Recently my husband and I travelled to India to visit our 19 year old daughter who was working at a school in southern India among children and teens from leprosy colonies and poor villages. Our daughter had visited India as a volunteer with Rising Star Outreach in February of 2013, had fallen in love with the children she worked with and had decided to stay long term.
Education for girls was on my mind as we journeyed to see her, both because she had decided that higher education was not for her, and because of the lofty goals that Rising Star Outreach's Peery Matriculation School has for its girls--especially in light of the evolving view of women in India.
Women in India have traditionally been considered citizens of low importance, with few rights and protections. Violence against women has been widespread and prevalent. Ultrasound technology is illegal in India for pregnant women because of the practice of gender selection through illegal abortion.
Law makers in India are responding to the increasing world awareness of the inequalities under which Indian women subsist--with legislation such as tighter sexual assault laws, new company law which mandates at least one woman serving on the board of listed companies, and national observance of the International Day of the Girl Child.
In northern India women seem to have broken free of some of the more restrictive traditions, but in the south the women still adhere to the old ways, such as arranged marriages for young teenagers, wearing the sari from the day they are married and being expected to perform hard physical labor. The girls attending the Peery Matriculation School hail from even more depressed circumstances; in the caste system they are at the bottom--untouchable because of the taint of leprosy in their families. Without intervention their fate is most likely a life of field work and repression.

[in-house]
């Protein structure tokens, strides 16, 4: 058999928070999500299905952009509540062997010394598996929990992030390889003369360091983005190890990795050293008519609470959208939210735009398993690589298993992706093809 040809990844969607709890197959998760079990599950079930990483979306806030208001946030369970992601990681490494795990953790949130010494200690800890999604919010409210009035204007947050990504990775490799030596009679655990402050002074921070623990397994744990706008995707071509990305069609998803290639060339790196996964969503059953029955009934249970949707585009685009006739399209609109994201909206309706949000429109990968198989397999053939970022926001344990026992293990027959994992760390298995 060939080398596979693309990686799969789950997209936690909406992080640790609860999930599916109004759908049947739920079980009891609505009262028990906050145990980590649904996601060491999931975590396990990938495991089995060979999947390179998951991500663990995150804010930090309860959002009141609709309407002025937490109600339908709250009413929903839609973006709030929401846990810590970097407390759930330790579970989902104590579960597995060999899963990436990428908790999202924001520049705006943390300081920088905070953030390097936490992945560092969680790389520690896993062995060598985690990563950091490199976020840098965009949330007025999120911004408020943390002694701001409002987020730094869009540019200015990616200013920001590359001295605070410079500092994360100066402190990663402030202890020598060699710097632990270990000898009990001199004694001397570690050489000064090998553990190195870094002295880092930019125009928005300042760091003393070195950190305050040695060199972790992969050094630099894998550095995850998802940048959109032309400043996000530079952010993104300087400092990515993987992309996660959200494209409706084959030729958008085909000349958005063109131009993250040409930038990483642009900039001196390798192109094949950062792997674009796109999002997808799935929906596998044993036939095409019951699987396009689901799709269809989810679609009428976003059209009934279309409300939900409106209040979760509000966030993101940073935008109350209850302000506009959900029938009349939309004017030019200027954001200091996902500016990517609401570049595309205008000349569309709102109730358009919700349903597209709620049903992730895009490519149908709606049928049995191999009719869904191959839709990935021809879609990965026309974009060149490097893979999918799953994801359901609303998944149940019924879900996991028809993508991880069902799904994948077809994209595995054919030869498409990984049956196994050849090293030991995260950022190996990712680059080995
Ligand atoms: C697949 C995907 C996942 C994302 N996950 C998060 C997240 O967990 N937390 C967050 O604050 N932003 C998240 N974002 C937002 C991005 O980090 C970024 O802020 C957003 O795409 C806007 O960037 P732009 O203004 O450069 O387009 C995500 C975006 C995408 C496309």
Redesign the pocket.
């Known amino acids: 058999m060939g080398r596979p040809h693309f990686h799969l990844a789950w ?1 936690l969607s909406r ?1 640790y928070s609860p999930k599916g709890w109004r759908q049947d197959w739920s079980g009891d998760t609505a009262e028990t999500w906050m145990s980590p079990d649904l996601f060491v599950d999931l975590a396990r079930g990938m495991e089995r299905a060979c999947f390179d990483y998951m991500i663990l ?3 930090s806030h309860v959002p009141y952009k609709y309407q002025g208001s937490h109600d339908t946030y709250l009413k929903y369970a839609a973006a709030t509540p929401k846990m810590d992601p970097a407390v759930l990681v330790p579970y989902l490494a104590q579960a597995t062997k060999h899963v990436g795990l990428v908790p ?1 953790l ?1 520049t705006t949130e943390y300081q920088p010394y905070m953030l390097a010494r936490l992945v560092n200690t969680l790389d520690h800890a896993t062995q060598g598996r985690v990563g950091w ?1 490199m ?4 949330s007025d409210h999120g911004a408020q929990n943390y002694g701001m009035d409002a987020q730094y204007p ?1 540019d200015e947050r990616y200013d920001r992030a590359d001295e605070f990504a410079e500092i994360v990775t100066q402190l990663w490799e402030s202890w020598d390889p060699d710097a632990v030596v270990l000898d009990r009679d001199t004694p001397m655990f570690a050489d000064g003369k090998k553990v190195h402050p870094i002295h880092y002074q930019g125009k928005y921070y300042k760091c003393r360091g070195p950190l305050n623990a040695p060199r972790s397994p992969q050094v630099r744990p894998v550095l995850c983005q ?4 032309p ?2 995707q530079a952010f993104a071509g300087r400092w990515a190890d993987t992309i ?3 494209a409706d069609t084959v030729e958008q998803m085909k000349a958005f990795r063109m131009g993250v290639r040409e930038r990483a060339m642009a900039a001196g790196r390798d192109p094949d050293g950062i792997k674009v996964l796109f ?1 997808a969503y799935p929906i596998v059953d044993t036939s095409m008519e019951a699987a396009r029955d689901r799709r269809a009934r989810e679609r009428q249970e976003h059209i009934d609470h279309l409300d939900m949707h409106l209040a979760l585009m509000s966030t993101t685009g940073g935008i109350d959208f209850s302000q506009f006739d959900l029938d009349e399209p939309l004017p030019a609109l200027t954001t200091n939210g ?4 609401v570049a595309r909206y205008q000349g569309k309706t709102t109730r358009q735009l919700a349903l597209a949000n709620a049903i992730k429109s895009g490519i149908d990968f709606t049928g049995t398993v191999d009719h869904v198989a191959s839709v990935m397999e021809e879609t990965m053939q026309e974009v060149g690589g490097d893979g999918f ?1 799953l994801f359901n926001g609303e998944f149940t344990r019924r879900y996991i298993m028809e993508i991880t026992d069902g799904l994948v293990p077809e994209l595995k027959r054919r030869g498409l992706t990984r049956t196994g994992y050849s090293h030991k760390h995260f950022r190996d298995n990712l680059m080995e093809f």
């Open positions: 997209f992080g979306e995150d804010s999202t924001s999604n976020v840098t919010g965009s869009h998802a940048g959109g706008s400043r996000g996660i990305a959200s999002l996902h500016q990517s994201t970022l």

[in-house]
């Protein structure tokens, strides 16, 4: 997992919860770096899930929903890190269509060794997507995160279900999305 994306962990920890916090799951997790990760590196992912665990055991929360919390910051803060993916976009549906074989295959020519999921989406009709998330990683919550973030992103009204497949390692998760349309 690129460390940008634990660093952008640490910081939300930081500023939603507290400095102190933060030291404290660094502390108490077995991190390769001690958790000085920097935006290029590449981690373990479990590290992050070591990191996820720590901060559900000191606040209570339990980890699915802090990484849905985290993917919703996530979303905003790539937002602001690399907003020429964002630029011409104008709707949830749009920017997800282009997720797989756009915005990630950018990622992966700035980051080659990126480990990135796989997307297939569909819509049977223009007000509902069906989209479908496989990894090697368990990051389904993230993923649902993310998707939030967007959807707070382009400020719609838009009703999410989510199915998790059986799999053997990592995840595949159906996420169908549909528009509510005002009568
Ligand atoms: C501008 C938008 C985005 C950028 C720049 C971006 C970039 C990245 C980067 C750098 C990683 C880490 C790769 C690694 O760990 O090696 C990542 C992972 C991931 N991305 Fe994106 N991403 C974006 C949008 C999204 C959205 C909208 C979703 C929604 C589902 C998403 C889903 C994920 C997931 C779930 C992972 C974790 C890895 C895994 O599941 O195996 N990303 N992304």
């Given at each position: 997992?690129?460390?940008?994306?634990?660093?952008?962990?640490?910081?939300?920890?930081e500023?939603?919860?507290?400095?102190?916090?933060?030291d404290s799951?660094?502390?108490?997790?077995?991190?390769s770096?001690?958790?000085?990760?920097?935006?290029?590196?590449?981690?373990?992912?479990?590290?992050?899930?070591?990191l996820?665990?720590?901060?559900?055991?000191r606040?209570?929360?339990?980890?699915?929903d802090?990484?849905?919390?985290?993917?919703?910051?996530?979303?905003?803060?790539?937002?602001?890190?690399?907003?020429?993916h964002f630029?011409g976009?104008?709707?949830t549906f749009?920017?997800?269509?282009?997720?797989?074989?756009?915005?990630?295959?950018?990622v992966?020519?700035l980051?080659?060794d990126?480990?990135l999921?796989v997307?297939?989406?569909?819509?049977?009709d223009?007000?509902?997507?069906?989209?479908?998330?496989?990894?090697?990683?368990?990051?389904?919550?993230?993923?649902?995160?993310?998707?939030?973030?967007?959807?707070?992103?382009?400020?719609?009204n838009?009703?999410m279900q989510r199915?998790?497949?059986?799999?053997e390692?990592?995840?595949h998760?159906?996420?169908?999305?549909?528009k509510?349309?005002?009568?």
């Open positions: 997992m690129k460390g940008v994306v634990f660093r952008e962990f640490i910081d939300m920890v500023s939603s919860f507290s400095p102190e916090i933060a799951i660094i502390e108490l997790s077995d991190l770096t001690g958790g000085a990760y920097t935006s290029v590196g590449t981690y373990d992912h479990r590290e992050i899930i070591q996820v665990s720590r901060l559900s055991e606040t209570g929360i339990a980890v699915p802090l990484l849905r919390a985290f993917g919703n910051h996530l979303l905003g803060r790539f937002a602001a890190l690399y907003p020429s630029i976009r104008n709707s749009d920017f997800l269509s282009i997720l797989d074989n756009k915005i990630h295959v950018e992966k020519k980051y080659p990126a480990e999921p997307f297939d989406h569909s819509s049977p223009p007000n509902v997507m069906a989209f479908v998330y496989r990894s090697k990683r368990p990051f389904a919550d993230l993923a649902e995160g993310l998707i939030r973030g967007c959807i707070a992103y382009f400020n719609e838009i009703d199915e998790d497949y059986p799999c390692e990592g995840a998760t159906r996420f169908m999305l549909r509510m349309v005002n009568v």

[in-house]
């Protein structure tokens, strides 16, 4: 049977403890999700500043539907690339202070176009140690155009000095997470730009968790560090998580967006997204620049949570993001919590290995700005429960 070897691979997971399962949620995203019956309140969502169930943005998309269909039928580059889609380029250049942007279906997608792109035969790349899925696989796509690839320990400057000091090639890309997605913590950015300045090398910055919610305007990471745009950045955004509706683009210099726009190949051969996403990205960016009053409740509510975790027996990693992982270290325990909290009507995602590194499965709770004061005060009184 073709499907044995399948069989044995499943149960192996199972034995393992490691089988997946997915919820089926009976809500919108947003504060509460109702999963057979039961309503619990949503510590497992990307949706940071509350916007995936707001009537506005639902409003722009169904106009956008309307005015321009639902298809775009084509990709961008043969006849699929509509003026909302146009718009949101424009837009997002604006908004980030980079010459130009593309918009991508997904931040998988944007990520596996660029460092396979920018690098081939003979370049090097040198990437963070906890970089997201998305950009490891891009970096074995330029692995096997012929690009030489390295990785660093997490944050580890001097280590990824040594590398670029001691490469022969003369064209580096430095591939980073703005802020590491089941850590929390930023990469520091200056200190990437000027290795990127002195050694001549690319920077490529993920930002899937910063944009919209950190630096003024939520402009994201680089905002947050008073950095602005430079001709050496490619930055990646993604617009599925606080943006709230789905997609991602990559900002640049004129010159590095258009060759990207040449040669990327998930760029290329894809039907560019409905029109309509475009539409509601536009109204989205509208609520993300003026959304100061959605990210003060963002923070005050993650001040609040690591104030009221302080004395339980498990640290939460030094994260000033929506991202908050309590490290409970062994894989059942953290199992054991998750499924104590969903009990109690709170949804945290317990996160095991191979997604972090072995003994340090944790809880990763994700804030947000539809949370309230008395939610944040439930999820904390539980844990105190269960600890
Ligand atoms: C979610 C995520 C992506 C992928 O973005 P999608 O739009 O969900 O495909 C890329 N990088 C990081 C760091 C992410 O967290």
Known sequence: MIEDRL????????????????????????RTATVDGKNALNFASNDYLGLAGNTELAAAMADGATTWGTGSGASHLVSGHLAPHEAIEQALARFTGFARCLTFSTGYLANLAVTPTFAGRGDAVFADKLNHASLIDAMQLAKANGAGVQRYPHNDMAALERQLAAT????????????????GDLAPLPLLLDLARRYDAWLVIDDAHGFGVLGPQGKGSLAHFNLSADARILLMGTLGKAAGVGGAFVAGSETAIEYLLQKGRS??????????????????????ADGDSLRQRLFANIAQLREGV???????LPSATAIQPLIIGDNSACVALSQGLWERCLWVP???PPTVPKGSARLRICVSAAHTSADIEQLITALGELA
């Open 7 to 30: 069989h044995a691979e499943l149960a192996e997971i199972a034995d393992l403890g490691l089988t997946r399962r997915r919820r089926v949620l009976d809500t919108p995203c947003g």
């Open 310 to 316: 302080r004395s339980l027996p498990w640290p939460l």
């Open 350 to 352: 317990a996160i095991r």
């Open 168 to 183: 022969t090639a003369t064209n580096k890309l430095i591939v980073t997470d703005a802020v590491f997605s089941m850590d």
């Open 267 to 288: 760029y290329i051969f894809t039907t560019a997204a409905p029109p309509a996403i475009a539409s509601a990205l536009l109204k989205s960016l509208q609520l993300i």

The mission of Rising Star Outreach is to help those affected by leprosy, through medical care, micro lending (primarily to the women) and education. An educated young woman or man--especially if proficient in English and computer skills-- becomes employable, and can break the curse of the leprosy stigma. The girls, who because of their traditional status have even worse prospects than the boys, are given special attention in their schooling at the Peery School.
Last year there were five girls who graduated from the 10th standard, and all did well enough on their state testing to matriculate to one of the very best Indian schools at the junior college level. It was a true triumph for the Peery School, and a fulfillment of the vision of Rising Star. My husband and I were buoyed by the efforts being made both at Rising Star and throughout India to raise women's situations and aspirations.
And my daughter who didn't want to continue with her education? Something seemed to click when she saw the great sacrifices the children and their families (not to mention Rising Star volunteers) make in order to make sure that the children are educated: she is now enrolled in college and working toward a degree in early childhood education. Her goal is to enhance education for girls and boys around the world.